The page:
Whoever is writing Doctor Who these days could do a lot worse than writing an episode based on Time Was.

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Open Road Media is publishing the complete short fiction of Clifford Simak’s short fiction, so far there are twelve volumes. From what I can tell, the first three volumes are available in print, and right now the rest are only e-book.  The short fiction isn’t in chronological order, for example, this first volume, titled I Am Crying All Inside and other stories showcases fiction from as early as 1939’s “Madness from Mars” to “I Had No Head and My Eyes Were Floating Way Up in the Air” that was written in 1973, but hasn’t been actually published until 2015.

 

I bopped around the table of contents in this collection, and read whatever caught my fancy. Some stories really grabbed my attention, and others were great fun, but forgettable.

 

I quite enjoyed “Small Deer”, in which a mathematical genius and an engineer create a time machine, and the engineer goes back to the days of the Dinosaurs. He discovers something horrifying about the history of life on Earth. What he learns is so outlandish, who would possibly believe him?  Can a horror story be gentle? This one is.  I always get a kick out of time travel stories, especially when weird Kage Baker or Ijon Tichy stuff starts happening.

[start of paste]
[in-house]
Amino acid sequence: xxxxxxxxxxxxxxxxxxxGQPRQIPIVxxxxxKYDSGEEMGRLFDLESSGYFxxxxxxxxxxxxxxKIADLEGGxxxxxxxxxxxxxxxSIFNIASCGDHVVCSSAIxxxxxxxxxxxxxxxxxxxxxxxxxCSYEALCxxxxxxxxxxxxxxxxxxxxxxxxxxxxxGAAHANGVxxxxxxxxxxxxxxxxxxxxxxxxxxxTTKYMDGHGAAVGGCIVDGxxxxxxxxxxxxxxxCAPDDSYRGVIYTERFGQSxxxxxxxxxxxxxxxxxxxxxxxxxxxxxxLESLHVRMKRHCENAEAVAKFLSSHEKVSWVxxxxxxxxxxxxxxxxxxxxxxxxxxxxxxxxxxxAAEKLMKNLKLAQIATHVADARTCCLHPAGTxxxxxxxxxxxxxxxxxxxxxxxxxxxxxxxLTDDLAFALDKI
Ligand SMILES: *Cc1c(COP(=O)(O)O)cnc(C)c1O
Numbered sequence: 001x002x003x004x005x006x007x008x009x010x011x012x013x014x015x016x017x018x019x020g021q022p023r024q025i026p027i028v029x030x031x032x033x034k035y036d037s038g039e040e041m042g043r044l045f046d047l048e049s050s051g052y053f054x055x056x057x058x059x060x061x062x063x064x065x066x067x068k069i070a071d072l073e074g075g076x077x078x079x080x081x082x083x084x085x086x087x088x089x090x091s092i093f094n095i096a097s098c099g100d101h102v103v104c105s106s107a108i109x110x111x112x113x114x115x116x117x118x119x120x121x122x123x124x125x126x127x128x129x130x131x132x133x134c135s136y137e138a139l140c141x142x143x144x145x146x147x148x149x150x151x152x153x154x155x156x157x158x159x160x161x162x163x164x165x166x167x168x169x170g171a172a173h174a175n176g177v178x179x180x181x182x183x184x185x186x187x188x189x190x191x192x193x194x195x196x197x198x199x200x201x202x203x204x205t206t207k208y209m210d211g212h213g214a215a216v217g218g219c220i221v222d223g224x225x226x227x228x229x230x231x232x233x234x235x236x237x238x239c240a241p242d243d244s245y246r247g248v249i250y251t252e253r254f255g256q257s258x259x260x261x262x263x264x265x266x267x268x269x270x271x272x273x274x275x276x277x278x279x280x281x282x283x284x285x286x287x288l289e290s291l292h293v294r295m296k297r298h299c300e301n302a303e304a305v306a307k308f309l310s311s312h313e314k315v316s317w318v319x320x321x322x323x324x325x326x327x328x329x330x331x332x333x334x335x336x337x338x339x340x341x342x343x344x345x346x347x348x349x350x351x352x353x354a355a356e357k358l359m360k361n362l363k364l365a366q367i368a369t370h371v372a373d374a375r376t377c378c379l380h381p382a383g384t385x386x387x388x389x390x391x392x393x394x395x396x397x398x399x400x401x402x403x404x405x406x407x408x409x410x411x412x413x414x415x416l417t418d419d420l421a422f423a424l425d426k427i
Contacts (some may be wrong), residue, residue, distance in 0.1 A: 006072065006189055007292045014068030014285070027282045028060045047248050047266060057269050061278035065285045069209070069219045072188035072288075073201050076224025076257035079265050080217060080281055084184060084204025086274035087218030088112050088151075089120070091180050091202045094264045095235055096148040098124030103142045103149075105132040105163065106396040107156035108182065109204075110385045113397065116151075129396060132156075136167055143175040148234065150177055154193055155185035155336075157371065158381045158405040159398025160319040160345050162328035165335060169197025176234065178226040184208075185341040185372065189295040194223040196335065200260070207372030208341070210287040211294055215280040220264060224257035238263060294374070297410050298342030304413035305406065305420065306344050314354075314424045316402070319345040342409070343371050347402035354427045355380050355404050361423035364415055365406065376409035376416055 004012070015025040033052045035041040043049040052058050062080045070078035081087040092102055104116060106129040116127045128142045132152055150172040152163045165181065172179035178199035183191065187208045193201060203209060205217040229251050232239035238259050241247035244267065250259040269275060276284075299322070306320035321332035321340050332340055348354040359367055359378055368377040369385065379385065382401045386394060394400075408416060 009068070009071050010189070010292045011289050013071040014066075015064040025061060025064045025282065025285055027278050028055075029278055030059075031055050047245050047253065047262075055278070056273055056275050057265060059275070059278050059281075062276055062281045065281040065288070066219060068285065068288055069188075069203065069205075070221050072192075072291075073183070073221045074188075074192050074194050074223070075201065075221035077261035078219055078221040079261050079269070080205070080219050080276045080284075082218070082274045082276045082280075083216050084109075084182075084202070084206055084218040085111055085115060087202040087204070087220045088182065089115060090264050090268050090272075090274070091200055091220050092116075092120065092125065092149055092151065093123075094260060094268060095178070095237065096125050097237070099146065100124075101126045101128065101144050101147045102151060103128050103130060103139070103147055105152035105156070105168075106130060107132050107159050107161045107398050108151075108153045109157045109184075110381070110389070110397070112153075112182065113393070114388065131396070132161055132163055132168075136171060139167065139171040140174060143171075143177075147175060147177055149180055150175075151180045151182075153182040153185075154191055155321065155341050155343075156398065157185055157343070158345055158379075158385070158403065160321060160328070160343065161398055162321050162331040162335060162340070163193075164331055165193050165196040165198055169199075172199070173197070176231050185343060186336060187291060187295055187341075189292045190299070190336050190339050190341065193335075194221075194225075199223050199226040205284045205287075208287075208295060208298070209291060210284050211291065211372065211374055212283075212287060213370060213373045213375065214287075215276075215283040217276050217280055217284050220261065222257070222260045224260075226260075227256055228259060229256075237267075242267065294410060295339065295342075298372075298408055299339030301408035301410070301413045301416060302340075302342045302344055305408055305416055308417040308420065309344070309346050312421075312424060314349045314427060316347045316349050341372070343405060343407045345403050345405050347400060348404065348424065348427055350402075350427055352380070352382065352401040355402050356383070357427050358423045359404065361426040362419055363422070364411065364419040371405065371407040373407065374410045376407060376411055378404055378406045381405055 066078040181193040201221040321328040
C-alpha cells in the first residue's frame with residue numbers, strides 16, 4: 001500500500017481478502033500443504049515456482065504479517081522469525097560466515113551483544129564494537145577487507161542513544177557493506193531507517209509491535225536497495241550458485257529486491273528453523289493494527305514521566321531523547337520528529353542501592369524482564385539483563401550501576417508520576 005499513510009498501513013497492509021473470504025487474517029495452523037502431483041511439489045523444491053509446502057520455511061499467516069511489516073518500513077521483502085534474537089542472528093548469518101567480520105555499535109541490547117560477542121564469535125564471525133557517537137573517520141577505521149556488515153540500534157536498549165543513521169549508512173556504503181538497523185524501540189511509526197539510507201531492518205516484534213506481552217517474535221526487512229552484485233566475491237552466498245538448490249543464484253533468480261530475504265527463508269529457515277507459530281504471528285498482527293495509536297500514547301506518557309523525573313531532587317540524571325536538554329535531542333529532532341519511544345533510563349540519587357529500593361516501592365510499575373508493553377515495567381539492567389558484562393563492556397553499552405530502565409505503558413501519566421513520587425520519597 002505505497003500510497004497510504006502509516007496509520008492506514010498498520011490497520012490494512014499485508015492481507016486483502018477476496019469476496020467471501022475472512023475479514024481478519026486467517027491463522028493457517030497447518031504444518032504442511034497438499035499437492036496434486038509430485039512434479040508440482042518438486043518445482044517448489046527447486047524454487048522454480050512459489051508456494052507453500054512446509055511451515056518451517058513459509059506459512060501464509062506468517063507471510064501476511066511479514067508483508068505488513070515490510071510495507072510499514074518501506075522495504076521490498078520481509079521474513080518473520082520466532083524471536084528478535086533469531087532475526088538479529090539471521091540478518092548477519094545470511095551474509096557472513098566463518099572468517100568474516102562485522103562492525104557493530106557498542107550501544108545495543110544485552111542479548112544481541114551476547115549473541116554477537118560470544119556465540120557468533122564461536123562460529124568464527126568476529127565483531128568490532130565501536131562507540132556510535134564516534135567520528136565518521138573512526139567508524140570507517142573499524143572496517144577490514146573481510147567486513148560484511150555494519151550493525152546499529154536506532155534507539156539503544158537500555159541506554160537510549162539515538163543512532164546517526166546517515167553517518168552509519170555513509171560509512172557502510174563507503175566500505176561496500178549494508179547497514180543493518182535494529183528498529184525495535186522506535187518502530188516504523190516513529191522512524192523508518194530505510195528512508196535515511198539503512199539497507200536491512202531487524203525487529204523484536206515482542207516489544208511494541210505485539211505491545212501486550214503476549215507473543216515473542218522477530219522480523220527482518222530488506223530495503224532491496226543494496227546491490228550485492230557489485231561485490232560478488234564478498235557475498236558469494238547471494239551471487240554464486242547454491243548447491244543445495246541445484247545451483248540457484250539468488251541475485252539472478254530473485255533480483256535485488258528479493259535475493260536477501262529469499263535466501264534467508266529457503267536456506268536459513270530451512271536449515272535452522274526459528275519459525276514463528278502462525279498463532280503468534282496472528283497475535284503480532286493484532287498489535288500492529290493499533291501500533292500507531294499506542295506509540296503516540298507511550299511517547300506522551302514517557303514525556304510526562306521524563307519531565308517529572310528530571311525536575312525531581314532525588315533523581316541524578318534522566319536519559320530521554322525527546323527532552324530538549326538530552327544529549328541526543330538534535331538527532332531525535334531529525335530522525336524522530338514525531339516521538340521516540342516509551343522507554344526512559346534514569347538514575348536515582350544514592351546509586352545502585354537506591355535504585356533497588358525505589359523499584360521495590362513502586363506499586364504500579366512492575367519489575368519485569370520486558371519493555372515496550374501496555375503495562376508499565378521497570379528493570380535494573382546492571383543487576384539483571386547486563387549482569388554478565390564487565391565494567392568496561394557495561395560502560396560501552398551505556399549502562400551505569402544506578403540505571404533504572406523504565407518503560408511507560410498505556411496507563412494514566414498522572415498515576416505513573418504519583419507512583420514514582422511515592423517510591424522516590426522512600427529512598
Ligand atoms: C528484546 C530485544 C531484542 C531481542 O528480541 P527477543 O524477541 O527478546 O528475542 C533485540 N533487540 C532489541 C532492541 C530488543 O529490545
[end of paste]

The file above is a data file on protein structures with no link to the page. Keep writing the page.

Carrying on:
“I Am Crying All Inside”, is well worth a read, and deserving of being the title track. What will happen, generations from now, when we’ve all left Earth for somewhere better? What will happen to the people and robots who get left behind? What kind of society will they build? Told from an obsolete robot’s point of view, this poignant story feels a little like the movie Wall-E, only much, much sadder.

 

“Ogres” was a super fun, and super smart story about what a vegetable society might be like. We’ve landed on a planet and are trying to figure out what we can exploit, sort of “Little Fuzzy” style. The intelligent species on this planet are all plants. No bones, no vertebrae, no central nervous system, no wheel, no invention of fire. Lots of telepathy and strange music. Maybe we can export the musical trees!  Nothing is what it seems, and the human explorers eventually figure out something fishy is going on. But what threats could we possibly make that would scare a planet full of trees and vegetables? Hmmm…   I loved the evolutionary ideas in this story, and I got a laugh out loud chuckle out of the end.

 

Usually fun, smart, and gentle, Simak stories always feel timeless. Give him a try if you haven’t.

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some of the books reviewed here were free ARCs supplied by publishers/authors/other groups. Some of the books here I got from the library. the rest I *gasp!* actually paid for. I'll do my best to let you know what's what.